A new space technology facility, funded by the European Space Agency for the development of space-related ‘sunscreen technology’, opened in Ireland on 14 April 2015.
The new facility in Clonmel, Co. Tipperary, is ENBIO’s centre of excellence for the development and production of thermal management treatments for satellites, spacecraft and other space-related hardware.
In 2012, ESA awarded a contract to ENBIO to produce coatings that will protect some of the Sun-facing surfaces of ESA’s Solar Orbiter satellite, planned for launch in 2018, allowing scientists to study the Sun at close range, closer than any previous mission.
Solar Orbiter will investigate the connections and the coupling between the Sun and the heliosphere, a huge bubble in space created by the solar wind that extends far beyond our Solar System. It is through this wind that solar activity can cause auroras and disrupt satellite-based communications.
Solar Orbiter continues a long tradition of European Sun explorers, including Helios 1 and 2, Ulysses and SOHO, all in partnership with NASA, as well as ESA's Proba-2.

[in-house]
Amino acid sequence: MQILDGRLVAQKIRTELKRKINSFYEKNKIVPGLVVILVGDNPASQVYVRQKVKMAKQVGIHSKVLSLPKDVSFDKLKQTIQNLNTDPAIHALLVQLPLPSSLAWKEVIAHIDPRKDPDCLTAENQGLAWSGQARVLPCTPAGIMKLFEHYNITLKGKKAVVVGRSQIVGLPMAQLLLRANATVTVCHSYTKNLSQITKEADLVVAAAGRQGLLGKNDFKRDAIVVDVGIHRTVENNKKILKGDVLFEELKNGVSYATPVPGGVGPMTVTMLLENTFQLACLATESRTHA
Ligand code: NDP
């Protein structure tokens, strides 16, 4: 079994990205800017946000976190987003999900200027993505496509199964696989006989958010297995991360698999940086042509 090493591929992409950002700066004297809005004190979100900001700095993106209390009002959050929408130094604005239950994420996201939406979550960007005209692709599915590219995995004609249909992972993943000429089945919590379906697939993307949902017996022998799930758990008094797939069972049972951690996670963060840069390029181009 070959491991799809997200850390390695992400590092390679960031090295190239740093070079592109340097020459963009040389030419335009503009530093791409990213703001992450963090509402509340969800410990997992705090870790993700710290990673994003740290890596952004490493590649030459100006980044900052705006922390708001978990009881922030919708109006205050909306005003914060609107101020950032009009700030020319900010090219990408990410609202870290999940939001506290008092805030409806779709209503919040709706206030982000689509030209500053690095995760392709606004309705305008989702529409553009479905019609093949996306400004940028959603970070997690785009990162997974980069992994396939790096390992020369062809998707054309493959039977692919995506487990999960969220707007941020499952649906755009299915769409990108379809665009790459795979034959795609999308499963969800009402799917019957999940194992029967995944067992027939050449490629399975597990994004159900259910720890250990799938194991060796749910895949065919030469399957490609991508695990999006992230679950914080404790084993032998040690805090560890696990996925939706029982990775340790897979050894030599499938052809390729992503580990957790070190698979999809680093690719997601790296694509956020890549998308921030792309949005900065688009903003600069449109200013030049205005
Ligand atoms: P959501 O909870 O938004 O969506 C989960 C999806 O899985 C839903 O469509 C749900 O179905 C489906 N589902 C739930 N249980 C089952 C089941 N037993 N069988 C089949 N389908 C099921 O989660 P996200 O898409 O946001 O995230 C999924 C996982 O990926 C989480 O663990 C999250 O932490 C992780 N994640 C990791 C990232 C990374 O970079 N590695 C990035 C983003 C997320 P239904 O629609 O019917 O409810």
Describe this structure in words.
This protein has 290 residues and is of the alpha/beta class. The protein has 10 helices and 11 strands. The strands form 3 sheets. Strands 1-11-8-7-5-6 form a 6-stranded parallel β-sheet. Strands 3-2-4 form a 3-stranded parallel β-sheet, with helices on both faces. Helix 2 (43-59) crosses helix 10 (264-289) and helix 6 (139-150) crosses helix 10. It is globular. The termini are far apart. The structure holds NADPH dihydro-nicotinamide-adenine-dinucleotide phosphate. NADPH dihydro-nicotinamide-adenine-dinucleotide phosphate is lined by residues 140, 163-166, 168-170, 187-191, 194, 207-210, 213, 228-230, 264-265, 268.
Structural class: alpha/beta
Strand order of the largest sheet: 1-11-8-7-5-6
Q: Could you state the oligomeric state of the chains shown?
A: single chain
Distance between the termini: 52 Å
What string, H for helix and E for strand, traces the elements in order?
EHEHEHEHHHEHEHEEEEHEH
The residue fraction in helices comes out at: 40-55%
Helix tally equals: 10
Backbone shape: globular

They have all prepared the ground for Solar Orbiter to advance our understanding of how the Solar System works, one of the major scientific questions of ESA's Cosmic Vision 2015–2025 programme.
To get a close-up view of the Sun and to observe the solar wind before it becomes disrupted, Solar Orbiter will fly to within 45 million km of the Sun, closer than Mercury. It will image the solar poles for the first time, helping us understand how the Sun generates its magnetic field.
Opening the ENBIO facility, Damien English TD, Irish Minister of State for Skills, Research & Innovation, said, “ENBIO has achieved remarkable success during its four-year development programme with the European Space Agency (ESA), which has brought over €1.5 million in ESA funding to Clonmel in addition to creating up to 12 new jobs in 2015 and into 2016. I congratulate the team at ENBIO and commend Enterprise Ireland for assisting the company to secure the €1.5 million contract from the European Space Agency.”
Minister English also said, “In 2015, Ireland celebrates 40 years as an active and proud Member State of ESA and ENBIO’s success in this field and its involvement in the exciting Solar Orbiter mission is a fitting reflection of the ultra high-technology capabilities developed by the Irish space sector.”
The contract was secured through Ireland’s membership of ESA, which is managed by Enterprise Ireland. Tony McDonald, Enterprise Ireland’s Space Technologies Programme Manager, said, “ENBIO is one of a growing number of highly innovative Irish technology companies securing ESA contracts with the active support of Enterprise Ireland and the Department of Jobs, Enterprise and Innovation.” The number of Irish companies active in ESA programmes is nearing 50 and growing.